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Digital text madness

The following is a bit from englishchosun.com, the English version of the Korean newspaper the Chosun Ilbo. It made me pause trying to work out the sheer logistics of these numbers.

“According to figures released by the National Statistical Office on Wednesday, teenagers between 15 and 19 on average sent a whopping 60.1 text messages per day, a slight increase from 59.5 in 2005. “Our children are seriously addicted to cell phones,” an official with the civic group Parent’s Union on Net said. Some 46 percent of middle and high school students send text messages even in class, according to research by the Korea Agency for Digital Opportunity & Promotion. “

You can link to the full article here
http://english.chosun.com/w21data/html/news/200705/200705030011.html

60.1 text messages a day! That is approximately 59 more text messages than people I have contact with over the phone. This is related to another personal statistic. 99.1 % of all text messages that a certain Michael Gallagher of Princeton, New Jersey, sends originate from the bathroom. Texting is the modern version of a newspaper in that regard. That statistic should ensure that I never receive any responses to any text messages ever again.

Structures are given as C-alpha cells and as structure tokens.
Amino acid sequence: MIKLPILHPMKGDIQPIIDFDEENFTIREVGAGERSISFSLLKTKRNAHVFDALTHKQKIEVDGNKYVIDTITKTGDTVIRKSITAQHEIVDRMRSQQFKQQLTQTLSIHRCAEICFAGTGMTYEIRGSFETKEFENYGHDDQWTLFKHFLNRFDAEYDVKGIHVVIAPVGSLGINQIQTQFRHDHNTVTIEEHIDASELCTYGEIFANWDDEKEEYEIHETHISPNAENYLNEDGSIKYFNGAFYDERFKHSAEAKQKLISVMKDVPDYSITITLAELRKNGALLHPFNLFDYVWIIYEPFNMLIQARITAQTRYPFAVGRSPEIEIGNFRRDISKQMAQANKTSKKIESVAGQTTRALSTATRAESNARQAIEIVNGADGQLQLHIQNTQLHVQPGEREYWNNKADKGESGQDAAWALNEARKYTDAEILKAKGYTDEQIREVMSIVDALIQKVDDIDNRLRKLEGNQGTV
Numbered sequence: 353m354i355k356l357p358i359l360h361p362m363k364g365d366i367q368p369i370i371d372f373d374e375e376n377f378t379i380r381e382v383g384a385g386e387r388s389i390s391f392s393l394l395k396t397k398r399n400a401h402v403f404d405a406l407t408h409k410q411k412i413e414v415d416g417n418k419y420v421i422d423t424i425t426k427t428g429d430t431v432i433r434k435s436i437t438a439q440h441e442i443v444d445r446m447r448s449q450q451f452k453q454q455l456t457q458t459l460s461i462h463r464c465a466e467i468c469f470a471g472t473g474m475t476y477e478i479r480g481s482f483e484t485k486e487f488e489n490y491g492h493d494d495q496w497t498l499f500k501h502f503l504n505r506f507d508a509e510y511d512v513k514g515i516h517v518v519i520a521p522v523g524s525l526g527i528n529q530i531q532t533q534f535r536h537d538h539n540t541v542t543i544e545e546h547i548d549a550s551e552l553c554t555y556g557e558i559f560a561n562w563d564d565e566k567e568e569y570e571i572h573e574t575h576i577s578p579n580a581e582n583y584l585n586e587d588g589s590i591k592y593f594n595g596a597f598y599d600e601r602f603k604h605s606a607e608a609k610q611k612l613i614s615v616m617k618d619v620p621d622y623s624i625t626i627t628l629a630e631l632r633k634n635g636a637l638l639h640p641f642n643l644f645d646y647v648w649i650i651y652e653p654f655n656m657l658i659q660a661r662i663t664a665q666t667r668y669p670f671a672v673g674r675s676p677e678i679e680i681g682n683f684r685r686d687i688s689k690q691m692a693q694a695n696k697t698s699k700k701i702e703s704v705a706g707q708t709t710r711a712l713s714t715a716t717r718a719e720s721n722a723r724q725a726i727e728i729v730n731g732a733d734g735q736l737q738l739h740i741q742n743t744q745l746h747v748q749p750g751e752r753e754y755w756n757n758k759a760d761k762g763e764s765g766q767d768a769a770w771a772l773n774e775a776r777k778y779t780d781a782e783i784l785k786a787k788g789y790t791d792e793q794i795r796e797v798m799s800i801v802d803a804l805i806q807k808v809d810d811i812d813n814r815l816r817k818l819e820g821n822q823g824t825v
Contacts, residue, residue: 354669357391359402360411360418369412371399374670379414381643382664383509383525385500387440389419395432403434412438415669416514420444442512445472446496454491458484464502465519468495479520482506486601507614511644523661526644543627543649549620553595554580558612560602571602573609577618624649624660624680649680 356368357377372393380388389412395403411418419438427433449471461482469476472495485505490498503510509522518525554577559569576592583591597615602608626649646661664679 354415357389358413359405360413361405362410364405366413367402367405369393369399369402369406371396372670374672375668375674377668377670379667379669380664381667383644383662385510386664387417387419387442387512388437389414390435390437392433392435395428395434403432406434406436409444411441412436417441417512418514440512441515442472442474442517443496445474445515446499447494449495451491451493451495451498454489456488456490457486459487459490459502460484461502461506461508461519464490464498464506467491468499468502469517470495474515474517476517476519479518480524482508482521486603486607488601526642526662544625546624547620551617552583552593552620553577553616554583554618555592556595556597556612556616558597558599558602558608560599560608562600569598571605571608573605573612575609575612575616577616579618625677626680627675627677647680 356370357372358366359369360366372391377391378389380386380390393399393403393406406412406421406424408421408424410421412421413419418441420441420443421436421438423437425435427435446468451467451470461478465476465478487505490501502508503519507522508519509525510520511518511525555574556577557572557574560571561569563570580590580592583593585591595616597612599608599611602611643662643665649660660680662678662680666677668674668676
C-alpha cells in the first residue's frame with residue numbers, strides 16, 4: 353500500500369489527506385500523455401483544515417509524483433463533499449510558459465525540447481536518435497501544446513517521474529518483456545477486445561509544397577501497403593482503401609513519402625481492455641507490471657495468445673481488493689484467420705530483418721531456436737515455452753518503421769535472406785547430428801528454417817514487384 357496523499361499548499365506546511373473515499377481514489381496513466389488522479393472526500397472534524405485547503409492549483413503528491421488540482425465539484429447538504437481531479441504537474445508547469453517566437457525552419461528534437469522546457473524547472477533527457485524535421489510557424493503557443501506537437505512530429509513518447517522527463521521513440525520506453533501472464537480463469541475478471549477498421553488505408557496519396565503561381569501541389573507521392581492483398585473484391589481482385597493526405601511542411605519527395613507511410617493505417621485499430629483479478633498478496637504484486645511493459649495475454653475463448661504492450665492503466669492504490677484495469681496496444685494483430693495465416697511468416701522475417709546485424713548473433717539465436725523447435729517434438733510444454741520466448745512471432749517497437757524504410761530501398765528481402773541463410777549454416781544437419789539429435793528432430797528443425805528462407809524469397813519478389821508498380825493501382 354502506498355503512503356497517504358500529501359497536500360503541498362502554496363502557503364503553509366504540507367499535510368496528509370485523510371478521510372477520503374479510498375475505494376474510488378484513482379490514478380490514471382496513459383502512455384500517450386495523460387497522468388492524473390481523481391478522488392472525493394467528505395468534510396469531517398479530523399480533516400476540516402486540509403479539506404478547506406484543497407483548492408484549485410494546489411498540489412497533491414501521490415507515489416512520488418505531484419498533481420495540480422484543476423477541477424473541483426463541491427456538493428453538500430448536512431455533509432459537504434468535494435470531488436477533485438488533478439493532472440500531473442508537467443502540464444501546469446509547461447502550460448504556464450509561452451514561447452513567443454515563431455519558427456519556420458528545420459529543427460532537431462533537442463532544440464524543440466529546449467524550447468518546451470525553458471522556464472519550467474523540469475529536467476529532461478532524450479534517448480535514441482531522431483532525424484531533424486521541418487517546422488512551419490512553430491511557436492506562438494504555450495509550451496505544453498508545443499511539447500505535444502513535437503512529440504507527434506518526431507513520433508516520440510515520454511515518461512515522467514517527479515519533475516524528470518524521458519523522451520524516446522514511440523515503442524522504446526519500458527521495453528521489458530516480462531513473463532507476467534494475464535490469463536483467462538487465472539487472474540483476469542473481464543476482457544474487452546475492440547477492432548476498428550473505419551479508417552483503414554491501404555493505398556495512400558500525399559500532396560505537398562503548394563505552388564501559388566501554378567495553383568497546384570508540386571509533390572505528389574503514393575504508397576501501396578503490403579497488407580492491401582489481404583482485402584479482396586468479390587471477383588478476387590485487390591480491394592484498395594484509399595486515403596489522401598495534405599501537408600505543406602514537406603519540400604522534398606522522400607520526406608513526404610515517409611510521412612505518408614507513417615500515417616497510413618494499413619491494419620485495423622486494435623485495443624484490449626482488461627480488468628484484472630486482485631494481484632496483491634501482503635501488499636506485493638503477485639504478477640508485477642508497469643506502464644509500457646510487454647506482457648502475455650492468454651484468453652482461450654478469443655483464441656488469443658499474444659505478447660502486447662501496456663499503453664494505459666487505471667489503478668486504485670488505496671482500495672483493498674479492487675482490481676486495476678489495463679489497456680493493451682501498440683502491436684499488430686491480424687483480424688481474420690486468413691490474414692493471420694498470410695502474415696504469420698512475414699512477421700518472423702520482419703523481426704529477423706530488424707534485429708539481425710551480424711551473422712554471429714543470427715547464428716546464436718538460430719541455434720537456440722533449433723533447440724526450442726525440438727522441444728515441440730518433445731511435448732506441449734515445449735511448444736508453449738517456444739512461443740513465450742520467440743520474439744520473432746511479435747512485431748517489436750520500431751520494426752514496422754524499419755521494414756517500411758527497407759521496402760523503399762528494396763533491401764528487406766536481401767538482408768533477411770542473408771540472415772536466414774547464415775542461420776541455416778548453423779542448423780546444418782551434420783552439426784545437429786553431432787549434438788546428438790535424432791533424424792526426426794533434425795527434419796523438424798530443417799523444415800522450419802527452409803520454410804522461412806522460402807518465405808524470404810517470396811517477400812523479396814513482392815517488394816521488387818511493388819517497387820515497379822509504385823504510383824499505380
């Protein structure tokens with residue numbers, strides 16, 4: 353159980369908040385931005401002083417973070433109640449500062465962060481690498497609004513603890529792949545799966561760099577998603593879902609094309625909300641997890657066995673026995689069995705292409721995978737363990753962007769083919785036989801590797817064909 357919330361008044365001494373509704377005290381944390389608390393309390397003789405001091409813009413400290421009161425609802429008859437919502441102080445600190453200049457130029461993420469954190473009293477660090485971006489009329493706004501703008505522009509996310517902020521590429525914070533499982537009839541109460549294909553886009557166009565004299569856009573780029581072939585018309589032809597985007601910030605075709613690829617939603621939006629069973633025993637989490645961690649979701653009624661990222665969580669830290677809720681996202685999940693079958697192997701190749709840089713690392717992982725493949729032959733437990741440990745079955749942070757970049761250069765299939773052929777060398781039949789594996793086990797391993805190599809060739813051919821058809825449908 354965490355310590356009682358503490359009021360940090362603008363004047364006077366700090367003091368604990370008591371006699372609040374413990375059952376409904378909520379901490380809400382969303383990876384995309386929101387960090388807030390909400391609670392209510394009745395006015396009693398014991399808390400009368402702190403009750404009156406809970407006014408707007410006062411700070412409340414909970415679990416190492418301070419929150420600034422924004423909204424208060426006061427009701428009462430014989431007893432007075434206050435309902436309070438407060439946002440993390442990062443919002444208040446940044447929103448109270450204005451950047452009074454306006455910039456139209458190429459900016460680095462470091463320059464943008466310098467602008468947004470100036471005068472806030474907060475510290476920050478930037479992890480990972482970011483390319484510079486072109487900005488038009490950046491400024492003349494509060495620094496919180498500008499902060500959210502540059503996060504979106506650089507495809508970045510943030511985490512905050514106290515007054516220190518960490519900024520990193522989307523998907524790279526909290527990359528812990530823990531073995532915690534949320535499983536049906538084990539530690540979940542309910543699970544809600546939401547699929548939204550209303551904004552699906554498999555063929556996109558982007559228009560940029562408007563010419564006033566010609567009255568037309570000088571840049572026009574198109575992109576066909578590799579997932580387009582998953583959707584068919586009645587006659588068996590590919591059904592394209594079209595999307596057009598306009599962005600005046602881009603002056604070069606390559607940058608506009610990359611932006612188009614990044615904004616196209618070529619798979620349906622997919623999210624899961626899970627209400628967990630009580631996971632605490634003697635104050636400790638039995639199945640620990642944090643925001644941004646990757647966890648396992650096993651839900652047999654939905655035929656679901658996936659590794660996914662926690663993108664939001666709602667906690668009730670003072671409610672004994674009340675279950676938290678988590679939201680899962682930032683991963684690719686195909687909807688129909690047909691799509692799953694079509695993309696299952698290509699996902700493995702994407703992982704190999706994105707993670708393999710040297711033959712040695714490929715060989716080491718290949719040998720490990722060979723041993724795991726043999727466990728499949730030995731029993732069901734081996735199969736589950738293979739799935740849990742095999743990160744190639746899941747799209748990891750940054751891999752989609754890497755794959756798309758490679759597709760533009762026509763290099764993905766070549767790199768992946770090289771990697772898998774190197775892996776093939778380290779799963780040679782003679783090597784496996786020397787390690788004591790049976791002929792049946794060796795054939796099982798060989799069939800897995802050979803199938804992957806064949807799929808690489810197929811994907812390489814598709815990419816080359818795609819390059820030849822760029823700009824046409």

P.S. I dare anyone to guess that subway station (which leaves this competition entirely up to the 2 Jens in my life.) I will give you a hint. It originally had a huge poster for Star Wars Phantom Menace with Ewan MacGregor and the caption “Are you ready?”
Second hint. I worked not far from this station.
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About Author

My name is Michael Sean Gallagher. I am a Lecturer in Digital Education at the Centre for Research in Digital Education at the University of Edinburgh. I am Co-Founder and Director of Panoply Digital, a consultancy dedicated to ICT and mobile for development (M4D); we have worked with USAID, GSMA, UN Habitat, Cambridge University and more on education and development projects. I was a researcher on the Near Futures Teaching project, a project that explores how teaching at The University of Edinburgh unfold over the coming decades, as technology, social trends, patterns of mobility, new methods and new media continue to shift what it means to be at university. Previously, I was the Research Associate on the NERC, ESRC, and AHRC Global Challenges Research Fund sponsored GCRF Research for Emergency Aftershock Forecasting (REAR) project. I was an Assistant Professor at Hankuk University of Foreign Studies (한국외국어대학교) in Seoul, Korea. I have also completed a doctorate at University College London (formerly the independent Institute of Education, University of London) on mobile learning in the humanities in Korea.

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